Again, the temptation to view these deals in isolation at the micro level may be irresistible, but is ultimately unproductive, as previously noted. You can drive yourself crazy (a short drive, in my case) nitpicking individual deals that appear either terrific or horrendous at any point in time. Could Foligno and/or Dubinsky have been signed for a little less? Maybe. However, after all of the organizational turmoil culminating in the Rick Nash deal, there was a profound desire to put a veteran core of reliable talent in place for the long term. That has value. Claims that the organization gave out those contracts "too easily"really have no objective support. Most deals are done well outside the public eye, and the absence of public contention does not imply the absence of private toughness. Sergei Bobrovsky has a Vezina Trophy on his mantle, and when healthy is in the upper echelon of NHL net-minders. There are very few of those guys around, and that costs money. Yes, his injury record has been problematic, but you can't sit across the table from Bob's agent and say "We predict that your guy is going to be hurt every year, so here's $5 million." On top of everything else, Bobrovsky has a tremendous work ethic, sense of discipline and is a model for both young goalies and skaters alike. That has value as well.
The David Clarkson deal was the organization's best effort to make lemonade out of lemons. They had the Perfect Storm of events when Nathan Horton went down for the count with an entirely new injury, and options were few. In Clarkson, they actually saved $50K per year, and got a player who theoretically could at least be on the ice. Stuff happens. The fact remains that Clarkson's contract does not represent cap space that would otherwise be available for other assets, so it's largely irrelevant to the issues at hand.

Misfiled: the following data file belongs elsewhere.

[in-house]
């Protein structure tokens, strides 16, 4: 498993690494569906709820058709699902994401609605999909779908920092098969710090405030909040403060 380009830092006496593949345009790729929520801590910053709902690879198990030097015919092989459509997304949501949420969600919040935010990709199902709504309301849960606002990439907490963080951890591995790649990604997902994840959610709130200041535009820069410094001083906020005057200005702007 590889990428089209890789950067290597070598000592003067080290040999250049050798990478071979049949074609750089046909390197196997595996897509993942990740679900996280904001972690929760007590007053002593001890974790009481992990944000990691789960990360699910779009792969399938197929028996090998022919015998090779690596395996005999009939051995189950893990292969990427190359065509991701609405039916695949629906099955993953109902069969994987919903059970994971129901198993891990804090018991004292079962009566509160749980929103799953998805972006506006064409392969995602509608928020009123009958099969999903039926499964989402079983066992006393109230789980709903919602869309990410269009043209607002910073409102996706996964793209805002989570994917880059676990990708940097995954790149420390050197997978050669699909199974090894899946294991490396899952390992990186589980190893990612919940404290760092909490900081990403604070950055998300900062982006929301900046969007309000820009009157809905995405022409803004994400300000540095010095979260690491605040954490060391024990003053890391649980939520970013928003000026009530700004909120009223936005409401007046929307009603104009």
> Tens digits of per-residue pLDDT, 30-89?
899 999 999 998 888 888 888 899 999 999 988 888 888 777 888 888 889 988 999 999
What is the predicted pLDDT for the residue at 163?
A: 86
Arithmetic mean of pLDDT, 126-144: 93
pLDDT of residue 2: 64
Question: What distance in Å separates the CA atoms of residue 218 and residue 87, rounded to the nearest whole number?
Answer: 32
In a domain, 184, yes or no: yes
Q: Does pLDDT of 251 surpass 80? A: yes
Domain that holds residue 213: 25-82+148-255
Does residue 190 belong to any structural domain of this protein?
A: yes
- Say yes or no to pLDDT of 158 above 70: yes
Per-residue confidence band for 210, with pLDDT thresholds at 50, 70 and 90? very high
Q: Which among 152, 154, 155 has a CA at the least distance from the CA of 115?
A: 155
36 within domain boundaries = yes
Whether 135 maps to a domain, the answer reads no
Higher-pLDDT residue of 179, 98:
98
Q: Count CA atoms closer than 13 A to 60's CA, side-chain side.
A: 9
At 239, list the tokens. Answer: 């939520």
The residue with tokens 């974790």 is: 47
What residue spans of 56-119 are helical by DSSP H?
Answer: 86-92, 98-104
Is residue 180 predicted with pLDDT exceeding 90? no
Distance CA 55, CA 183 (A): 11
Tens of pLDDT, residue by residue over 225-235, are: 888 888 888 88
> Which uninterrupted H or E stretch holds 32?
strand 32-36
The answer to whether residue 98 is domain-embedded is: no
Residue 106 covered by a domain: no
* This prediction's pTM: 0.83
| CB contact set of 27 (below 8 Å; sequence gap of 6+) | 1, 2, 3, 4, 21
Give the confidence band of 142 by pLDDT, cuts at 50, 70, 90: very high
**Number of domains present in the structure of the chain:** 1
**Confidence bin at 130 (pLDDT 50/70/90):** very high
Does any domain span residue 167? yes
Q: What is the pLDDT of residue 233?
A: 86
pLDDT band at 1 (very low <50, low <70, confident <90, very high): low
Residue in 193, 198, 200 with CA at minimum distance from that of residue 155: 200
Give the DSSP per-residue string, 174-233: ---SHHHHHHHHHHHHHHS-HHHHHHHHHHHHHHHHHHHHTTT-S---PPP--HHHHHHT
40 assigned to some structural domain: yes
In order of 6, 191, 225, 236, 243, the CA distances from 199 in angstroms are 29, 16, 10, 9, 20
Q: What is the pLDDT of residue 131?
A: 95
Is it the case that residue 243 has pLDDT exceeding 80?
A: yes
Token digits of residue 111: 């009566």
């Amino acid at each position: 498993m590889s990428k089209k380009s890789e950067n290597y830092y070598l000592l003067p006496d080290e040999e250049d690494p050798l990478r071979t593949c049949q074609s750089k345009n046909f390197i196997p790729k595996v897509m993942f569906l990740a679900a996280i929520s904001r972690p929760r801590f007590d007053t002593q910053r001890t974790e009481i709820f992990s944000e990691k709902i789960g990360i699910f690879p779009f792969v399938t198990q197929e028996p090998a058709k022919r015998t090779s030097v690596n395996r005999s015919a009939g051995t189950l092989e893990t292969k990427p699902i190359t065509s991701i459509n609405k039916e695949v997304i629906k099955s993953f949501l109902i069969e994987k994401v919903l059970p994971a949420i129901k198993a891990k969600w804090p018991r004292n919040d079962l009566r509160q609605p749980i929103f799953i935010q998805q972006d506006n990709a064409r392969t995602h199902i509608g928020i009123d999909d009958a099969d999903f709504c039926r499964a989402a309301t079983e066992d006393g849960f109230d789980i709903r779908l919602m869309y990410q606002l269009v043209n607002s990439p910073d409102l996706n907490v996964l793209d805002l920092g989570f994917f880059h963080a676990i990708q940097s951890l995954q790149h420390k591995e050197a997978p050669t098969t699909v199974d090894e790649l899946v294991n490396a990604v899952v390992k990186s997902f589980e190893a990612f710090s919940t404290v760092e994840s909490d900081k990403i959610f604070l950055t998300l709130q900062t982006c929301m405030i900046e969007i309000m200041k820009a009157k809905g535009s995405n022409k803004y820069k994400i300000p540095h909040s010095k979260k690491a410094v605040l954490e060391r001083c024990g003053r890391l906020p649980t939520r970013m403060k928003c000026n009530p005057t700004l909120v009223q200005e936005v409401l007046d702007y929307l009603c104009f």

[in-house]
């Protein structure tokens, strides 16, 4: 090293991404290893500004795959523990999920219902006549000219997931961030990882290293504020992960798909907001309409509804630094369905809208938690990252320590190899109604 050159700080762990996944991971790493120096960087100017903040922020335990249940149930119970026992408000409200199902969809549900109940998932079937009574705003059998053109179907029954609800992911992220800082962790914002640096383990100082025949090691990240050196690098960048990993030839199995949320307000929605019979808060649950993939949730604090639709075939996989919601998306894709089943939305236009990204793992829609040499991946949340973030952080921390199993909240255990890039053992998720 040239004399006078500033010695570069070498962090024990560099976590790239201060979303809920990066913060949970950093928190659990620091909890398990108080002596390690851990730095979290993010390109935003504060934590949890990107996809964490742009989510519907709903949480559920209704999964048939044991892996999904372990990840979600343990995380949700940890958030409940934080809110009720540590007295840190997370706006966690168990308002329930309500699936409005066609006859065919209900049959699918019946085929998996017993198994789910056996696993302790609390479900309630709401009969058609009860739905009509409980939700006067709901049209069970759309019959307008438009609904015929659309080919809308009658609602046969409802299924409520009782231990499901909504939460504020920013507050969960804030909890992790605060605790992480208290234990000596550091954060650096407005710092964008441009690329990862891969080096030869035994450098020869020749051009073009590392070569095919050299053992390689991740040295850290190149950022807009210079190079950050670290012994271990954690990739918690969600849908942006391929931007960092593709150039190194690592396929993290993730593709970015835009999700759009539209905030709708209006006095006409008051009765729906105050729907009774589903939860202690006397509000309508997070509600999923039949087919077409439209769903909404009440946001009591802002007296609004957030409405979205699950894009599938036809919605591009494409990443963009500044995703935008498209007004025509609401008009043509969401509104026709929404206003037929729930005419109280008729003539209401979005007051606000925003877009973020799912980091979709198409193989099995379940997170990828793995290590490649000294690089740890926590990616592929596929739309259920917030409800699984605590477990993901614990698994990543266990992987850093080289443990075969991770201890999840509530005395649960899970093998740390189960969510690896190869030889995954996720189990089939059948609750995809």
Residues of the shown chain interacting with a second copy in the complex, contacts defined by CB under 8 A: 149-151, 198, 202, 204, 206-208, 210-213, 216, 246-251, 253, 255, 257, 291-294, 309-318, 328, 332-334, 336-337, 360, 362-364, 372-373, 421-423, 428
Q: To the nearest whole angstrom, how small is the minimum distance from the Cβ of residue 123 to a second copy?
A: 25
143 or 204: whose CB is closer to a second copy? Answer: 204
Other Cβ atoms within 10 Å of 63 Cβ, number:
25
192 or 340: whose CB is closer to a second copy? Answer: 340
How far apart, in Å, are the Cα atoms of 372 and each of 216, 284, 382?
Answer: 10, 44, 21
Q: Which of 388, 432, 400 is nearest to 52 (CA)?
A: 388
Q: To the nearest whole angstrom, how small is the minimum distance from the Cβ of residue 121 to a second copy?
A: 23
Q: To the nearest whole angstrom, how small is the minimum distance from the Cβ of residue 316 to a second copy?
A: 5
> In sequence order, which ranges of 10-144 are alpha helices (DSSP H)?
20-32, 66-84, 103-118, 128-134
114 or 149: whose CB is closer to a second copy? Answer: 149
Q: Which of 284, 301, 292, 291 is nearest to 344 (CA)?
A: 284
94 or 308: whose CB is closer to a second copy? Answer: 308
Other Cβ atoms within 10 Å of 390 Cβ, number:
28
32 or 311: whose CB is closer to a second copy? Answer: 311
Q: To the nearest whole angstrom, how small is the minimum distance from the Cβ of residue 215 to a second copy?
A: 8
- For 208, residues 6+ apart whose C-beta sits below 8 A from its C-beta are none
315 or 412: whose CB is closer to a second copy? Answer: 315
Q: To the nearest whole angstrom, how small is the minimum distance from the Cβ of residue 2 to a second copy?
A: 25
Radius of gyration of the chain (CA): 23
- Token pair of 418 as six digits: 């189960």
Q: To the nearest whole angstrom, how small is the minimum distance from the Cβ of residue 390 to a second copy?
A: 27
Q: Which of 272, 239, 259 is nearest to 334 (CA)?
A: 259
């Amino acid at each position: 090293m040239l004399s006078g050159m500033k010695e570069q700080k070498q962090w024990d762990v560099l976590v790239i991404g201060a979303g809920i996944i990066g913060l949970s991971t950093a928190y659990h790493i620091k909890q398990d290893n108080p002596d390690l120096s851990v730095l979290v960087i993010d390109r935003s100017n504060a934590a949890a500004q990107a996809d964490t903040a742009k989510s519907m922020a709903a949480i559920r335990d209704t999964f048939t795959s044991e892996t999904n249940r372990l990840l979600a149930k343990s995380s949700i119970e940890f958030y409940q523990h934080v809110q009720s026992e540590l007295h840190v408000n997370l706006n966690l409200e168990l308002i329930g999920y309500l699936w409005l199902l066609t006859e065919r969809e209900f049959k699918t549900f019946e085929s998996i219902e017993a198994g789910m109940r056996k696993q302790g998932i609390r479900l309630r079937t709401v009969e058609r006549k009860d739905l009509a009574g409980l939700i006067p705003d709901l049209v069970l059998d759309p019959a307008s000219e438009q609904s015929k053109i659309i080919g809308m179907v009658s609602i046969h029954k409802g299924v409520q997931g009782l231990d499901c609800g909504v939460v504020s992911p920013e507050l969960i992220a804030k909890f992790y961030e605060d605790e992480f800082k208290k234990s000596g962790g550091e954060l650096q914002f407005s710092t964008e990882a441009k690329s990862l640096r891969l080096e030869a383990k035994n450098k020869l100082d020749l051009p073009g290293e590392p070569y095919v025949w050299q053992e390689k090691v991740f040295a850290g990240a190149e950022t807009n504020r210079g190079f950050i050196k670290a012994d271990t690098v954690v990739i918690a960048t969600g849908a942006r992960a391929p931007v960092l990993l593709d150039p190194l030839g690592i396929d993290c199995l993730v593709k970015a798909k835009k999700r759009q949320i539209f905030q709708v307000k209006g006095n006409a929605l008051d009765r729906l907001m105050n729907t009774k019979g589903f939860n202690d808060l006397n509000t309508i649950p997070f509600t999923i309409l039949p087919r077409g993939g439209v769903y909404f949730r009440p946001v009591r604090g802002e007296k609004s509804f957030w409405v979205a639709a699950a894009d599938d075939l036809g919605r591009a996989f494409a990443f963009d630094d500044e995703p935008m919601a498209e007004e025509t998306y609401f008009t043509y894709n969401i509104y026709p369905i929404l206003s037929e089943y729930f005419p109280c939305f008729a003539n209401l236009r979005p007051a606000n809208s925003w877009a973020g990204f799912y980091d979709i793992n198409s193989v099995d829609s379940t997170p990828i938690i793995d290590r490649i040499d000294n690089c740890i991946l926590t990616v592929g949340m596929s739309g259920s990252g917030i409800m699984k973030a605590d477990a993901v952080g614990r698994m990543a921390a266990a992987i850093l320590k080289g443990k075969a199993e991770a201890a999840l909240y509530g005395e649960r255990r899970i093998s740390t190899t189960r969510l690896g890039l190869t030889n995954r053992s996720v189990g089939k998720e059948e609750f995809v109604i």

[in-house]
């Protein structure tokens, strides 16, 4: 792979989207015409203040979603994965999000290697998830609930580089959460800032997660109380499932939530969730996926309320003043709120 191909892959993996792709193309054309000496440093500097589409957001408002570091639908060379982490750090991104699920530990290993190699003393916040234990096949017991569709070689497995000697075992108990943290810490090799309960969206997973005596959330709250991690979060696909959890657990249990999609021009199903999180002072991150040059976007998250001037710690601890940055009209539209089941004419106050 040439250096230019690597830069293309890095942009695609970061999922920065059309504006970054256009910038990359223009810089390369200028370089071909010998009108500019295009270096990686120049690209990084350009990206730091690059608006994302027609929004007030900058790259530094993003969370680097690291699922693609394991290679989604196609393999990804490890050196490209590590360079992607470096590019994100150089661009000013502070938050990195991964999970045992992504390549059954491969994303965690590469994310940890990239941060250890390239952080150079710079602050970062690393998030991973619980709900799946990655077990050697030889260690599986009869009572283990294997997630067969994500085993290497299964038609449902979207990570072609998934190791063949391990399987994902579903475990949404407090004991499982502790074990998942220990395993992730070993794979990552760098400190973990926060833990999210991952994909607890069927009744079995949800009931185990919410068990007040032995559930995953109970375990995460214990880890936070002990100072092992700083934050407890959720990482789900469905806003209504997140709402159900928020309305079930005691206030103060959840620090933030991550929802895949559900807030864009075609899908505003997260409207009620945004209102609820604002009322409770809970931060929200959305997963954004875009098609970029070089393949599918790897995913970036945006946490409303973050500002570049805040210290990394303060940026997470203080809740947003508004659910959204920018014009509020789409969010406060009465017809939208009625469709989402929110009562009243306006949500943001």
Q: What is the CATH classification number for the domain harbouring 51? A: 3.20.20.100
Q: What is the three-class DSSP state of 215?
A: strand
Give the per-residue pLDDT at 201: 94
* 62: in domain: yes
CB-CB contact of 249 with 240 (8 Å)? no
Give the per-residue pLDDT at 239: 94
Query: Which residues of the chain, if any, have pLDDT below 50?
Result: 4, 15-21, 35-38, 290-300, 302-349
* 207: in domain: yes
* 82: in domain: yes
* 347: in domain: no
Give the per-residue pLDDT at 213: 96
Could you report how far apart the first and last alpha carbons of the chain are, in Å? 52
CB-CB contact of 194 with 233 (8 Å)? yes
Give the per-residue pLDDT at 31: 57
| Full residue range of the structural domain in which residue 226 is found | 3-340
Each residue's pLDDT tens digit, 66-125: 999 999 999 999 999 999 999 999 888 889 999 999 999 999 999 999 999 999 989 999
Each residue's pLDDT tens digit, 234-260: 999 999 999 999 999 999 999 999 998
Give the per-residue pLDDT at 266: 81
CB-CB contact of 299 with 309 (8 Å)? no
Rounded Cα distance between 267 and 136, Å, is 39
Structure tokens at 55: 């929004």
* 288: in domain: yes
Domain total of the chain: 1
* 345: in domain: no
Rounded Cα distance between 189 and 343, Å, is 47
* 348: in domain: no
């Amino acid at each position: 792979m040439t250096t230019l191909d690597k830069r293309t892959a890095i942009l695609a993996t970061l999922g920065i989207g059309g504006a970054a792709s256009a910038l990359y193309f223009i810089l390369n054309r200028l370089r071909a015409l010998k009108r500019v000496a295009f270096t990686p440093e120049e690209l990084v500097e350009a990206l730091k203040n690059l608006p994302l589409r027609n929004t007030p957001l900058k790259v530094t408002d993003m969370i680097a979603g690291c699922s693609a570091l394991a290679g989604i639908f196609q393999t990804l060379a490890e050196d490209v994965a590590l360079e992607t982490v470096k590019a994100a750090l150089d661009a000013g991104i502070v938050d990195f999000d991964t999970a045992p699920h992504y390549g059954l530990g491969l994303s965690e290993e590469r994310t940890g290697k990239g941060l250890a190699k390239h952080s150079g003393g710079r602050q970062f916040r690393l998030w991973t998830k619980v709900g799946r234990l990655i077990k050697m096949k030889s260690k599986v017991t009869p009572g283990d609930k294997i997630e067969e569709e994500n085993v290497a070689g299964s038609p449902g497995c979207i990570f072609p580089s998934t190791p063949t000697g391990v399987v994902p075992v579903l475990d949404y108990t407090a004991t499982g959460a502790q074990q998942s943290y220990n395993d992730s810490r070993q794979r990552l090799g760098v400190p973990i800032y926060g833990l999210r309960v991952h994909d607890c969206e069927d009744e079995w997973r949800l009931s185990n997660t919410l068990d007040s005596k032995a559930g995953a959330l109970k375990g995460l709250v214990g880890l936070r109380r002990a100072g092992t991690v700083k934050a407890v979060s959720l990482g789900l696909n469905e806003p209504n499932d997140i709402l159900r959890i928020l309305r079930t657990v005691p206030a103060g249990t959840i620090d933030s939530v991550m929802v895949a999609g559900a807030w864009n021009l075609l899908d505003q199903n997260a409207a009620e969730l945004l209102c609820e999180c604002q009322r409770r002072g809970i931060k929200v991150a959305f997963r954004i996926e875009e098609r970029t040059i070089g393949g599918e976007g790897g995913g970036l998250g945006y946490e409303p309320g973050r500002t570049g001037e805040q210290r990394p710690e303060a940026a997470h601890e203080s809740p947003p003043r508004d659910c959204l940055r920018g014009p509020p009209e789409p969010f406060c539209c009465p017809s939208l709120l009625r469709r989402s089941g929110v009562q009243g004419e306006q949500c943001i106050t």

The remaining deals are all examples of different elements of the cap management calculus. The Johnson & Tyutin deals were deemed overblown by many at the time, but the fact is that both deals are second pair money in today's league. Both guys have, in fact, pulled first line duty for Columbus, and their relative cost is decreasing over time. While Tyutin's productivity has dropped, Johnson appears to be energized through the arrival of Jones & Murray.
The GM moves are not made in isolation. As Jarmo discussed in the press conference over the Johansen/Jones trade, while he has the final call on the deals, he is constantly reviewing the roster with the coaches and staff, and all of that comes into play. A GM ignores his head coach at considerable peril. I am sure that Ken Hitchcock gets more than his share of giggles today, when he starts the story "In Columbus, Scott Howson had this player he was convinced was the next Gretzky -- a guy named Filatov . . . " There can be little doubt that Todd Richard's preference for brawn factored into otherwise head-scratching numbers offered to Jared Boll and Dalton Prout, and likely factored into Savard's $4.25 million deal, which kicks in next year. Should it? Reasonable minds can differ, but again the answer lies in the longer view.